He guides me in right paths for His name’s sake. God will guide us. The Church today is being led by the Shepherd of our souls, through the shepherds of His choosing. God is faithful to His promise. While some false shepherds and influencers may arise, in all matter of status and garb, we must pay attention. Is the flock of God being brought together, even if diffcult matters are being dealt with? Or is the focus upon set specific agendas, spiritualities or liturgy?
Even though I walk in the dark valley I fear no evil; for you are at my side with your rod and staff that give me courage. You spread the table before me in the sight of my foes; you anoint my head with oil; my cup overflows. God’s shepherds bring us ever closer to the side of Christ. And together in His Presence we need to fear no evil. False influencers and shepherds nurture division, the sense of “them vs. us”. The practice of assumed spiritual superiority is pervasive. As is the attitude that others are not worthy or properly reverent and thus must be excluded from the table set before us. If we look to the Gospels, to the entirety of Scripture, we learn it is to the very table of God that healing, restoration and grace, so urgently needed, is found as the anointing of the Holy Spirit sets us free to be all we can be for God. And it is there, we His sheep, discover the abundance of mercy and goodness in God. We see our cup overflowing, not to be withheld, but to be shared.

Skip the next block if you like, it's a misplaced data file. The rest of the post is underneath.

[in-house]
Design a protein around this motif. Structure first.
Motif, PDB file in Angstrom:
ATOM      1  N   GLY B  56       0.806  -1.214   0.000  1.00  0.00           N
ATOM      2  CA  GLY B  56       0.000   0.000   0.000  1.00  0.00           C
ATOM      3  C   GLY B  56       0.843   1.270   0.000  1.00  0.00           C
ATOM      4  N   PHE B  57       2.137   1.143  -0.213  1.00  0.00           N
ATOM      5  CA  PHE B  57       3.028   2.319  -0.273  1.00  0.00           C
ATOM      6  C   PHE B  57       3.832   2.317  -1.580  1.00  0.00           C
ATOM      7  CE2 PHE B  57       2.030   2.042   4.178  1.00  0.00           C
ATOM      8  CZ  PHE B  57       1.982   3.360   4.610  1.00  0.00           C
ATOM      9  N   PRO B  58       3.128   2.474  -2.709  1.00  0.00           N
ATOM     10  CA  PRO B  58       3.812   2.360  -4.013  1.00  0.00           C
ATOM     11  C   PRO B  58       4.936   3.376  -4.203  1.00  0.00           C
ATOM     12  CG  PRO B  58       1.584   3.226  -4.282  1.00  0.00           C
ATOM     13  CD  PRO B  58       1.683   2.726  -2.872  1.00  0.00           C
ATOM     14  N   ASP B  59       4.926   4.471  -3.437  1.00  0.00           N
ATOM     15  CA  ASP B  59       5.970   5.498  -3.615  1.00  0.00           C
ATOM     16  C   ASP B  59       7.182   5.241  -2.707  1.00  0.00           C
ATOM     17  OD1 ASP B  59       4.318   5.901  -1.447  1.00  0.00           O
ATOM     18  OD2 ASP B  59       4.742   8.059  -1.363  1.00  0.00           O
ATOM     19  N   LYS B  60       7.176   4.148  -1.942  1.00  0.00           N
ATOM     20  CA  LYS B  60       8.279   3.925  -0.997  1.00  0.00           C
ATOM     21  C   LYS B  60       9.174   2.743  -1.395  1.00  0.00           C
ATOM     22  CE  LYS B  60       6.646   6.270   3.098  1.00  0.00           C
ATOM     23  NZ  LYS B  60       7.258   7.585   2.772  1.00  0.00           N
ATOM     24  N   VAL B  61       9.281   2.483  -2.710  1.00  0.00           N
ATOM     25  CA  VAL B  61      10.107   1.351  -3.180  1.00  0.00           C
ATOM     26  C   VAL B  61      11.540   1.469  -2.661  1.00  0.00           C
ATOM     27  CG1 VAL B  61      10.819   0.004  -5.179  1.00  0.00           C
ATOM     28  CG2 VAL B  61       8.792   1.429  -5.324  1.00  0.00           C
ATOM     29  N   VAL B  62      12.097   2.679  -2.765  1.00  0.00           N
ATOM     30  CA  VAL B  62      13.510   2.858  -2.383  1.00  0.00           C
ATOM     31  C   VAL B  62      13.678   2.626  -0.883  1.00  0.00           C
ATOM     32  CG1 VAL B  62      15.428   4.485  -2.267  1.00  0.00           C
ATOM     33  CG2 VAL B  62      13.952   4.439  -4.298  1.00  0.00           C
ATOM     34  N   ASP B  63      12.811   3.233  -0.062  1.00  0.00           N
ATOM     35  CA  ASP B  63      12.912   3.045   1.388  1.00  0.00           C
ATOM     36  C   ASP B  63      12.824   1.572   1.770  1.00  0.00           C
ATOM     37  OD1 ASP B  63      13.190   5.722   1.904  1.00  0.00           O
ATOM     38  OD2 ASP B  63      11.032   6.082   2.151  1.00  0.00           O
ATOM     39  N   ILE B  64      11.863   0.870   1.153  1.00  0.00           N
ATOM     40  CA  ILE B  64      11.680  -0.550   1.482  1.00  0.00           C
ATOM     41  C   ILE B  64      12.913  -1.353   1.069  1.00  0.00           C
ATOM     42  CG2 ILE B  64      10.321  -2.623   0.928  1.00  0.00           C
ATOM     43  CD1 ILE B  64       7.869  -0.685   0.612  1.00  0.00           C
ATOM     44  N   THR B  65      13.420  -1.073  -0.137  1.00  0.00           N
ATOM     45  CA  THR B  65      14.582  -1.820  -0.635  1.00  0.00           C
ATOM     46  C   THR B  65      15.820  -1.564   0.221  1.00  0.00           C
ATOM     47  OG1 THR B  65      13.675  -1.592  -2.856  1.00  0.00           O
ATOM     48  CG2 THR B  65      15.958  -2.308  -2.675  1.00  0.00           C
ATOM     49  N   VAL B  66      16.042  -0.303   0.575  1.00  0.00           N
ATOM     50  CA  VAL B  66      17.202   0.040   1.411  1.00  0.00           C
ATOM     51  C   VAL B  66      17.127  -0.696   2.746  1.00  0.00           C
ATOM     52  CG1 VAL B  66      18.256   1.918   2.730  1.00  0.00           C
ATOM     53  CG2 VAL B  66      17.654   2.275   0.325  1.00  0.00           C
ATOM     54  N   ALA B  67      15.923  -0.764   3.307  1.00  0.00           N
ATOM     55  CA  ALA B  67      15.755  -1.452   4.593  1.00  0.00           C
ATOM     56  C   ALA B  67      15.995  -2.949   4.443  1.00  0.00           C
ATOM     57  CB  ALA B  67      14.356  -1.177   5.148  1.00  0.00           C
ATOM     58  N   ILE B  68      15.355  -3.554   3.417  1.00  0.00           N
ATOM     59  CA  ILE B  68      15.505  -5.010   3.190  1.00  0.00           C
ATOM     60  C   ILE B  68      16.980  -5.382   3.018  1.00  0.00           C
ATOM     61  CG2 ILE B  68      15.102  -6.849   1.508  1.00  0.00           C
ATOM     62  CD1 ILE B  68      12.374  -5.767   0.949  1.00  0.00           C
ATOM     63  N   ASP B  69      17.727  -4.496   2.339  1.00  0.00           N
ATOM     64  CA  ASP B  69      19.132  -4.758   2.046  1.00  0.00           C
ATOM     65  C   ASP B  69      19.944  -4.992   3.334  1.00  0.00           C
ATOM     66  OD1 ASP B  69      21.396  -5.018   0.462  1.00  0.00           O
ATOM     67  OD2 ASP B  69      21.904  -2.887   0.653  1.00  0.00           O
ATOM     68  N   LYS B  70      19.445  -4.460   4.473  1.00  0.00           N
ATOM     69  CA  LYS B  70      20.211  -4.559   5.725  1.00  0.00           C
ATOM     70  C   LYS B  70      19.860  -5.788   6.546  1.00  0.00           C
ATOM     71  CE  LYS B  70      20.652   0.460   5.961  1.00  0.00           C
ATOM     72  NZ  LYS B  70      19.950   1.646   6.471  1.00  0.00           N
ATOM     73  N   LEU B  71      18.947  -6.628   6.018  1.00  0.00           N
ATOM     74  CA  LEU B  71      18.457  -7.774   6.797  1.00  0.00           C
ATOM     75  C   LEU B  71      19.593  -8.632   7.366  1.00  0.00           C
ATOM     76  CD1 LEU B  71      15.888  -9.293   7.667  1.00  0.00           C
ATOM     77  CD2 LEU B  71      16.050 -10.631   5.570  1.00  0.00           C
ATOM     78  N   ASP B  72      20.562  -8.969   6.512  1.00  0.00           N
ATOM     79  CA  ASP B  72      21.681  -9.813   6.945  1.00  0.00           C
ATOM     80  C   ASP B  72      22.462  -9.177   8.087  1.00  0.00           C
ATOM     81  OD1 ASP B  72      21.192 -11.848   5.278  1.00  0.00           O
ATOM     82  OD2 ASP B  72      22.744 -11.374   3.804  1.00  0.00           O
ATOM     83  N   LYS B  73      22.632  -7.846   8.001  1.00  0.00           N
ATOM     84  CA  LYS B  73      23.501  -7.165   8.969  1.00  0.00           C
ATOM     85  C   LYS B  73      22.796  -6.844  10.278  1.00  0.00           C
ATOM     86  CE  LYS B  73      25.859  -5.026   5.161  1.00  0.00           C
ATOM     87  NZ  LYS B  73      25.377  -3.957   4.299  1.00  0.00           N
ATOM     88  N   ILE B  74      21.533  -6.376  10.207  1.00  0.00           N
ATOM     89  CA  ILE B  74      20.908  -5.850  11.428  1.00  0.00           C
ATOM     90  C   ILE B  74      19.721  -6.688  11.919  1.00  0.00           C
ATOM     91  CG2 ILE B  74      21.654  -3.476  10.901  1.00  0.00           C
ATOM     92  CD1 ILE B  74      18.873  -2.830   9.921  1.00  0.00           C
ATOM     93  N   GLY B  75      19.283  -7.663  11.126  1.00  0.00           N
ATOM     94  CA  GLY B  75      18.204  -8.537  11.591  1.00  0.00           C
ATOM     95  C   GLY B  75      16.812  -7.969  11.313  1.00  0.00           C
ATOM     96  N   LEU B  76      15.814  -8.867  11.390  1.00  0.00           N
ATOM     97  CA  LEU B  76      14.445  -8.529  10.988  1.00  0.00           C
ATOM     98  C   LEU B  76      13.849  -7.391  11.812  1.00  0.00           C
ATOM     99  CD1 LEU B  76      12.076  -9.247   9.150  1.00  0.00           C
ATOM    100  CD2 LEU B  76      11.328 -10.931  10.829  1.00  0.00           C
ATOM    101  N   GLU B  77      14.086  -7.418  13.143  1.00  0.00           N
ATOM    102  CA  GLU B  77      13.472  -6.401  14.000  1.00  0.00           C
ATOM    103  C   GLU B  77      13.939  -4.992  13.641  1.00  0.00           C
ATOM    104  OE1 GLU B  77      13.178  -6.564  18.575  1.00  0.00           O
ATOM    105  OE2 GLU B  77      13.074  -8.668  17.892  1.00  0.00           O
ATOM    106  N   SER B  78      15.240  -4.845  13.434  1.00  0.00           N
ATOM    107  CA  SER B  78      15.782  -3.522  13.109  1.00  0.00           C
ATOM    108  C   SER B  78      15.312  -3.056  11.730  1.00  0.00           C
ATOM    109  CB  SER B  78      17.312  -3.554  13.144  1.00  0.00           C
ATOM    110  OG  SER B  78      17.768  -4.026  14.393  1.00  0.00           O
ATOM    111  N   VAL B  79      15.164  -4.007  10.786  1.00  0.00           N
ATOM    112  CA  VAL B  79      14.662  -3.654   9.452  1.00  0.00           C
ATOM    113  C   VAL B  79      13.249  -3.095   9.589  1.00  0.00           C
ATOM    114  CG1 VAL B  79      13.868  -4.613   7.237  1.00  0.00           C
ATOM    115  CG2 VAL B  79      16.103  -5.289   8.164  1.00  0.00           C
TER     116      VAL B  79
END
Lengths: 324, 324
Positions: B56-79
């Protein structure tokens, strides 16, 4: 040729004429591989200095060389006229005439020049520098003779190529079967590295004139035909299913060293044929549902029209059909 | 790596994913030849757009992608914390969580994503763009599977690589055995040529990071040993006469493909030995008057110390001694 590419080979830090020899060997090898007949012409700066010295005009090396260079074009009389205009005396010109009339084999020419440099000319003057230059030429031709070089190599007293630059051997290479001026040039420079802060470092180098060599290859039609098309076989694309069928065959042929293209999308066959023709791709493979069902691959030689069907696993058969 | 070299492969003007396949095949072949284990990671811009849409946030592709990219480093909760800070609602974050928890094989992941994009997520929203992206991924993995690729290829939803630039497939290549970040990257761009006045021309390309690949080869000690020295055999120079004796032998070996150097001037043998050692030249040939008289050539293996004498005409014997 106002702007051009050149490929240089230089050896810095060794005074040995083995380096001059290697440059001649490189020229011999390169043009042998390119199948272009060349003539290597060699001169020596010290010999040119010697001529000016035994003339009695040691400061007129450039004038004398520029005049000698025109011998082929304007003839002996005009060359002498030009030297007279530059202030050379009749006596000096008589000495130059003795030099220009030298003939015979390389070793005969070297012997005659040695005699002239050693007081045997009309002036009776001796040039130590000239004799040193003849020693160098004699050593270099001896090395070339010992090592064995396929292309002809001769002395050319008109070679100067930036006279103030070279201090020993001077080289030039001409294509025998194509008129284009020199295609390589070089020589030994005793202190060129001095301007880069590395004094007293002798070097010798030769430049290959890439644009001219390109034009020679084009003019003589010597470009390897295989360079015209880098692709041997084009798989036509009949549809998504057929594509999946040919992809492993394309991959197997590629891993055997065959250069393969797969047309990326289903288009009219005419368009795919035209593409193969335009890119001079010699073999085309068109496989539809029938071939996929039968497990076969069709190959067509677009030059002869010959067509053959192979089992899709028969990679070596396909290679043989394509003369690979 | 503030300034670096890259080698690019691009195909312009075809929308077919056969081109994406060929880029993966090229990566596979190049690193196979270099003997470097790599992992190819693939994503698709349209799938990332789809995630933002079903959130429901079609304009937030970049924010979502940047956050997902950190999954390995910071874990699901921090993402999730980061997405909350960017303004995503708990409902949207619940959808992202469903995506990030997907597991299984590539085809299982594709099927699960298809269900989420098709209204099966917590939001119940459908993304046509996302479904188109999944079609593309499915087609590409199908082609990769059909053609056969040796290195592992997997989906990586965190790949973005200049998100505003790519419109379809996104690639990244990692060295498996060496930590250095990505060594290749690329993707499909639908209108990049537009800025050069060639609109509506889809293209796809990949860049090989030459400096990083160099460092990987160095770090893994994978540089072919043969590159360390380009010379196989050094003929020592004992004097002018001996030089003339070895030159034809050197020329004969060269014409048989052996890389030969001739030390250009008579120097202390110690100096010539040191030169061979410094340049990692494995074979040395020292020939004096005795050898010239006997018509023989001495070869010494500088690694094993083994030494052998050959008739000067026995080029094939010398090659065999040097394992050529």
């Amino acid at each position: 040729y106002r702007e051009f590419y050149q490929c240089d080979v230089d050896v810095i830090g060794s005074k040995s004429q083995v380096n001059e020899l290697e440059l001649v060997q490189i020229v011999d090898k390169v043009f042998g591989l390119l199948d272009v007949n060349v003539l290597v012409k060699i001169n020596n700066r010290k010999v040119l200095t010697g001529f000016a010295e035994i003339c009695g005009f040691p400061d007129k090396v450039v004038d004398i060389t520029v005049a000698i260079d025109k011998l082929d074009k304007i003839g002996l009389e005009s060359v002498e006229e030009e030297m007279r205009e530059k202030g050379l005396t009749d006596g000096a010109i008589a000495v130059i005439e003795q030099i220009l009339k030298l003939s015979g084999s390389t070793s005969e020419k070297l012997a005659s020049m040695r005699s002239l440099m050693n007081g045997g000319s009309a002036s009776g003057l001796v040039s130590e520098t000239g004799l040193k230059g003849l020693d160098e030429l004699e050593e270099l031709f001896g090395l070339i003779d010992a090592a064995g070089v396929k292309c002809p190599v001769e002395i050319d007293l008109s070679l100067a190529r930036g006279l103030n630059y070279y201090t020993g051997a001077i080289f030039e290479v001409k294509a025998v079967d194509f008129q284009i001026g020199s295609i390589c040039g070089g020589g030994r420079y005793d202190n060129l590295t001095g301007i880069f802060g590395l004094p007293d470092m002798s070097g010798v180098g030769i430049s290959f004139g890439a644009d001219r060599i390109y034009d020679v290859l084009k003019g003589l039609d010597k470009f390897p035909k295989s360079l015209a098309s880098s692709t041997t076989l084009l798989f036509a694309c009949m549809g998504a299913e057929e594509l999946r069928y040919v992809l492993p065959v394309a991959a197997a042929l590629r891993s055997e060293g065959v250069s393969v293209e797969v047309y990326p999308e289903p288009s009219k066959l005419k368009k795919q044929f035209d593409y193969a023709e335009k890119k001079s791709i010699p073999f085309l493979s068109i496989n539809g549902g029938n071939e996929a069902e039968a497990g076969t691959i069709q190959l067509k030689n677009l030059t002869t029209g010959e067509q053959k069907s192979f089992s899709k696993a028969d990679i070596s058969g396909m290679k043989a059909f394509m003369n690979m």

Only goodness and kindness follow me all the days of my life; and I shall dwell in the house of the Lord for years to come. This great psalm is written in the singular. It applies to each individual sheep. But it is helpful to remember that sheep are the only common livestock where the individual and the flock are all called by the same name. SHEEP. For individually God’s shepherds seek to minister and guide that TOGETHER we may grow in the fullness of His Body, His flock. God’s shepherds, following the Great Shepherd themselves will leave a legacy of growing in God, TOGETHER. There may be difficult times and places. They may indeed lead us out of places where the entire flock is unable to flourish. They, with God, will lead through sorrows and struggles but ever closer to Jesus.